Police Commissioner William J. Bratton said: “Illegal firearms like these fuel the very violence in our streets we seek to combat. As alleged, Abdul Davis is responsible for selling more than six dozen firearms in more than 26 separate transactions on the streets of Manhattan. I commend the investigators of the Firearms Investigations Unit and the Manhattan District Attorney’s Office for dismantling this firearms ring.”
According to the indictment and documents filed in court, between March 16, 2015, and April 19, 2016, DAVIS sold 82 firearms, including 67 pistols, 8 revolvers, 5 assault weapons, and 2 shotguns, as well as corresponding ammunition, to an undercover NYPD detective posing as a Manhattan-based firearms dealer. The sales occurred over 26 separate transactions, all of which took place in the vicinity of West 166th Street and Saint Nicholas Avenue in Washington Heights. The sales were conducted in or around the undercover detective’s vehicle, at an average price of approximately $1,150 per firearm. In one instance, DAVIS sold the undercover a Bushmaster Firearms semi-automatic assault rifle with a hundred-round drum magazine and matching ammunition.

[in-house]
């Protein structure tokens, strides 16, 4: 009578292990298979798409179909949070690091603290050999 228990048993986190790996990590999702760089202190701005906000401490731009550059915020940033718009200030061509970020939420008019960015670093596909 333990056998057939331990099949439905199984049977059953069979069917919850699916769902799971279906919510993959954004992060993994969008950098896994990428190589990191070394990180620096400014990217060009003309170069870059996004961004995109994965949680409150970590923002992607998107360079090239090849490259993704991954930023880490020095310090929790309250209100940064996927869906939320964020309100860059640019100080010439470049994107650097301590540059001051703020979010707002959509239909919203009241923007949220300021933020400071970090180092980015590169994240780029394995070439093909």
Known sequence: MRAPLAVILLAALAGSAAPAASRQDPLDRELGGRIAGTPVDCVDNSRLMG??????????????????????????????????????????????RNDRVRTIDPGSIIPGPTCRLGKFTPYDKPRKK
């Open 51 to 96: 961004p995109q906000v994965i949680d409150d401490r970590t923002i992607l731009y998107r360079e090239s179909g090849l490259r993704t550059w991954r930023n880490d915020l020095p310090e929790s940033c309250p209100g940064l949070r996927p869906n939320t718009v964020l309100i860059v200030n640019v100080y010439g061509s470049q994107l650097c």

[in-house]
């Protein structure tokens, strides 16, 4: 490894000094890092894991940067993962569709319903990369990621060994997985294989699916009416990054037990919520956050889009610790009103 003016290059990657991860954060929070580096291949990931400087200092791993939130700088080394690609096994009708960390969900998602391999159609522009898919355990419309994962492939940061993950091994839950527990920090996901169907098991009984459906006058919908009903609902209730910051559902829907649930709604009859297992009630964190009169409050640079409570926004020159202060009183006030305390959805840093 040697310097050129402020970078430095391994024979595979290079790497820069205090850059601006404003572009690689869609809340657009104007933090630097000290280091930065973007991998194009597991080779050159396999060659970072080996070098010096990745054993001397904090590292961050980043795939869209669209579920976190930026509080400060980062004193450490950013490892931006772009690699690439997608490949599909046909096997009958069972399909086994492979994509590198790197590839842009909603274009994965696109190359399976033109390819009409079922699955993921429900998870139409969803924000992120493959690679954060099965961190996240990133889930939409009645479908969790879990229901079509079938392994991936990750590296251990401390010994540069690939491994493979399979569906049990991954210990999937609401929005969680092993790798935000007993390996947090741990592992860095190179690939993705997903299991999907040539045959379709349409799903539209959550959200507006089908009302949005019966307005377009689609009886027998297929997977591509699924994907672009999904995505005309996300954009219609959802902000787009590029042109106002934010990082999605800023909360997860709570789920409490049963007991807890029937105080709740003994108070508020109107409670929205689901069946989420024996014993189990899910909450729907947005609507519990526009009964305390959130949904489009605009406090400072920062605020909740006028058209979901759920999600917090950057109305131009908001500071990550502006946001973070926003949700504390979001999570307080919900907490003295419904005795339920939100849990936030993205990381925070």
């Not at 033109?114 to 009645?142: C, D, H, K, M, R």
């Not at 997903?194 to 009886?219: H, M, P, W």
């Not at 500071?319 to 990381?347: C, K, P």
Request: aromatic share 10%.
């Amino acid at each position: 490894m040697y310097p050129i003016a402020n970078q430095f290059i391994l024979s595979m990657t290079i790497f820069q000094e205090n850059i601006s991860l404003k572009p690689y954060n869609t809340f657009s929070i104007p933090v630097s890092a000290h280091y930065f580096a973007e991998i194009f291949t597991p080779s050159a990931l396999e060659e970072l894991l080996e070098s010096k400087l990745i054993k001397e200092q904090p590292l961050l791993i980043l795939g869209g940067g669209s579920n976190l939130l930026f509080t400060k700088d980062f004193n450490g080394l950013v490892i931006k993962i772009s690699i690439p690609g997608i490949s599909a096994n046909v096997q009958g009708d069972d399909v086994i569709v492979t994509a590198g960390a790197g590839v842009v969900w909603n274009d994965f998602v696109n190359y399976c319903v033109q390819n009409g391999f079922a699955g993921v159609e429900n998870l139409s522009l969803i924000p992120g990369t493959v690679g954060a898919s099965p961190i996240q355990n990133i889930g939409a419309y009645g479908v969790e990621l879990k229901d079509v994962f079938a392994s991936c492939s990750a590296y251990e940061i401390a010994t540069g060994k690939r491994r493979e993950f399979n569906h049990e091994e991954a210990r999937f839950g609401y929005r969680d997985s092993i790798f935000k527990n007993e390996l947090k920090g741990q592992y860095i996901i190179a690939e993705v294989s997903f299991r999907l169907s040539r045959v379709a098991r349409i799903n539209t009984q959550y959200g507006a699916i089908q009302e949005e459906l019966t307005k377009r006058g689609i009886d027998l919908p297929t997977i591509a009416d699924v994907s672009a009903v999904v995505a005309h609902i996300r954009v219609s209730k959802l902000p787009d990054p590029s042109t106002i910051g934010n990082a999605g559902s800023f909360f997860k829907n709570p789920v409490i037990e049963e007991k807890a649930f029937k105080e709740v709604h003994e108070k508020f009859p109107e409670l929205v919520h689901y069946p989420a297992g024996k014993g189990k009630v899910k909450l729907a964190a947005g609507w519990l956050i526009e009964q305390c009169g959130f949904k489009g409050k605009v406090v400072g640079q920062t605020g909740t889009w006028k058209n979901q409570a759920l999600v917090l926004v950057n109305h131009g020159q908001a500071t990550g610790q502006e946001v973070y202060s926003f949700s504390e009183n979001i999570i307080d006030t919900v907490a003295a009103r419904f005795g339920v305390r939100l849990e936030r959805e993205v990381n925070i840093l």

FUNDERBERK was present for multiple sales, and drove DAVIS to at least two of the transactions. The investigation revealed that FUNDERBERK allowed DAVIS to use funds from her bank account to purchase the firearms, and, on multiple occasions, wired money to DAVIS for that purpose.
DAVIS allegedly purchased the firearms from Virginia-based co-defendants JENKINS, TILLERY, and POINTER, and Georgia-based RAINEY. Typically, DAVIS negotiated sales over the phone or through text messages, wired money to the firearms dealers’ accounts, and travelled to their homes to pick up the weapons. On some occasions, the firearm dealers agreed to receive payment after DAVIS successfully returned to Manhattan and sold the weapons to the undercover detective.